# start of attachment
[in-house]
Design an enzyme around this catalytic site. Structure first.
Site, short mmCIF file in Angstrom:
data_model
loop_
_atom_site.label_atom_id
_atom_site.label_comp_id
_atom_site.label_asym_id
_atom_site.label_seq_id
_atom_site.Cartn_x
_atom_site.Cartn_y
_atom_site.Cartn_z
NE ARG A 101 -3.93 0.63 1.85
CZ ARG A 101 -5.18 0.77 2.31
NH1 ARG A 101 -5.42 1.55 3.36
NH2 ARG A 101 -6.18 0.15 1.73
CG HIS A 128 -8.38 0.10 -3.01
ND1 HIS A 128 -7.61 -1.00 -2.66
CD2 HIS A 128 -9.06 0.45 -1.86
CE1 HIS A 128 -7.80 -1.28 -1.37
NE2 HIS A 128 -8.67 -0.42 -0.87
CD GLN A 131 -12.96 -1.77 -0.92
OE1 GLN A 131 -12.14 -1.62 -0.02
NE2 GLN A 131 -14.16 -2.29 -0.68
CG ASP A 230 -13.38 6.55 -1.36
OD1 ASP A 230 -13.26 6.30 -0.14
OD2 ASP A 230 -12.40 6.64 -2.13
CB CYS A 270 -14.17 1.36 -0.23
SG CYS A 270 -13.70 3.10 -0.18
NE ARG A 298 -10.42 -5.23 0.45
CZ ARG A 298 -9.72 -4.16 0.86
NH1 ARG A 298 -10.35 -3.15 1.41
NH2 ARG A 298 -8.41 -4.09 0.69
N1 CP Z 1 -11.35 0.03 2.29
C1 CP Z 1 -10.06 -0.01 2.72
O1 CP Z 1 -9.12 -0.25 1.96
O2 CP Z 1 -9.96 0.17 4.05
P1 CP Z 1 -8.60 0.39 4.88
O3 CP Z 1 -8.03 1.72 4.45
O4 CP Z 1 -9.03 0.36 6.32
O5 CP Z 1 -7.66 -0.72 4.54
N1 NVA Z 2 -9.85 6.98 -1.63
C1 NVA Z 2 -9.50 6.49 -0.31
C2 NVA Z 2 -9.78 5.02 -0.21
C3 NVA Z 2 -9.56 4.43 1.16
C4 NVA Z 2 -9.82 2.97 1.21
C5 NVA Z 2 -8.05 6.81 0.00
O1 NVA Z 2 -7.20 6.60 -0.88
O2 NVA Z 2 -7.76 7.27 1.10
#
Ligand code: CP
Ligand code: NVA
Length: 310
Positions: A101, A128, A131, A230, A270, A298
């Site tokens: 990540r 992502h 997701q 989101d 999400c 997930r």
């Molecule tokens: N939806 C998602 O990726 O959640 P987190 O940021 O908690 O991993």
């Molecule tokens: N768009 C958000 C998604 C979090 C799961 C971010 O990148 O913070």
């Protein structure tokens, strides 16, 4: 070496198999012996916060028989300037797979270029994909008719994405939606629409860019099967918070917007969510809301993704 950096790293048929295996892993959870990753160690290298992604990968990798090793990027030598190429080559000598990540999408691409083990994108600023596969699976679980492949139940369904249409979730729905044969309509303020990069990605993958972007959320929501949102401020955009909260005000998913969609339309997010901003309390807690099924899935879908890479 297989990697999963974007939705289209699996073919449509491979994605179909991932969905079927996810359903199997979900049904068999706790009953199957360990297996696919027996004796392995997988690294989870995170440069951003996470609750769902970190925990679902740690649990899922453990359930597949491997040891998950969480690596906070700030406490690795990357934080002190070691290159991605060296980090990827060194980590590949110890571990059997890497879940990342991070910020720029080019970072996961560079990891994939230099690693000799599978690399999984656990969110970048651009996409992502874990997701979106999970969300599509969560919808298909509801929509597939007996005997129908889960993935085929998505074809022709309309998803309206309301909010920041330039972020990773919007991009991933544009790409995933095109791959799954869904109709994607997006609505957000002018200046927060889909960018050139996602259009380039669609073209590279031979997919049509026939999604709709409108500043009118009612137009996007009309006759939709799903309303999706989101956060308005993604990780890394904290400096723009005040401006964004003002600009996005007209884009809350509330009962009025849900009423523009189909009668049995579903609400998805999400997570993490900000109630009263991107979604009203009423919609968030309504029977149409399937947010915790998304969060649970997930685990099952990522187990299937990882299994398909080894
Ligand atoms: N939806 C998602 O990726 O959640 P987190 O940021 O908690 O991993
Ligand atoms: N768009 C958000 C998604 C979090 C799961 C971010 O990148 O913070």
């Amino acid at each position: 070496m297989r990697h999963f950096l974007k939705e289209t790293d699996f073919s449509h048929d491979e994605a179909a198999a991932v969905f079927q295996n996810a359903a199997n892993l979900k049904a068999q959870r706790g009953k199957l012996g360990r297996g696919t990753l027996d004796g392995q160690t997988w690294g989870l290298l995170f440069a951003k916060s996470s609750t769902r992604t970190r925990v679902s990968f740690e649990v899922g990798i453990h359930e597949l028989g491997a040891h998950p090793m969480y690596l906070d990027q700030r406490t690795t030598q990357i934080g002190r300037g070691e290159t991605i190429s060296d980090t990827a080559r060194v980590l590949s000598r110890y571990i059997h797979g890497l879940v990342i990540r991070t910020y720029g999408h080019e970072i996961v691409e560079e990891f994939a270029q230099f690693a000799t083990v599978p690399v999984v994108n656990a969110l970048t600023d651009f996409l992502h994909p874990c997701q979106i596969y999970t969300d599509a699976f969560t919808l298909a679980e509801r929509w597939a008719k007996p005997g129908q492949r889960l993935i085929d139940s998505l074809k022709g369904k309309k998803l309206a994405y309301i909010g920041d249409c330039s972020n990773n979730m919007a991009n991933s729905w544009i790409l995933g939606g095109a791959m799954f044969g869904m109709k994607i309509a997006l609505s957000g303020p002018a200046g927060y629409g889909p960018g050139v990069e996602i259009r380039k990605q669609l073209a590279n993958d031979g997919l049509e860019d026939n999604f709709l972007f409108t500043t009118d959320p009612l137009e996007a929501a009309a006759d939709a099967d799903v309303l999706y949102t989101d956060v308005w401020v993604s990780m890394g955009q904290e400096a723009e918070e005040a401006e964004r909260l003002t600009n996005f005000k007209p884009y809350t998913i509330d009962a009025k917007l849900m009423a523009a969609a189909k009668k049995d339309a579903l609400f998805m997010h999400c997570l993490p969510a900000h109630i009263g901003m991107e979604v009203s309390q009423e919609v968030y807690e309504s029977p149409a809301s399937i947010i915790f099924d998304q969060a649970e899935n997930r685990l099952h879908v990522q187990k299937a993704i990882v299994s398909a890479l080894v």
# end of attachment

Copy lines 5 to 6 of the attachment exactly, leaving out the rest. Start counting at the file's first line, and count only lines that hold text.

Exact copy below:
loop_
_atom_site.label_atom_id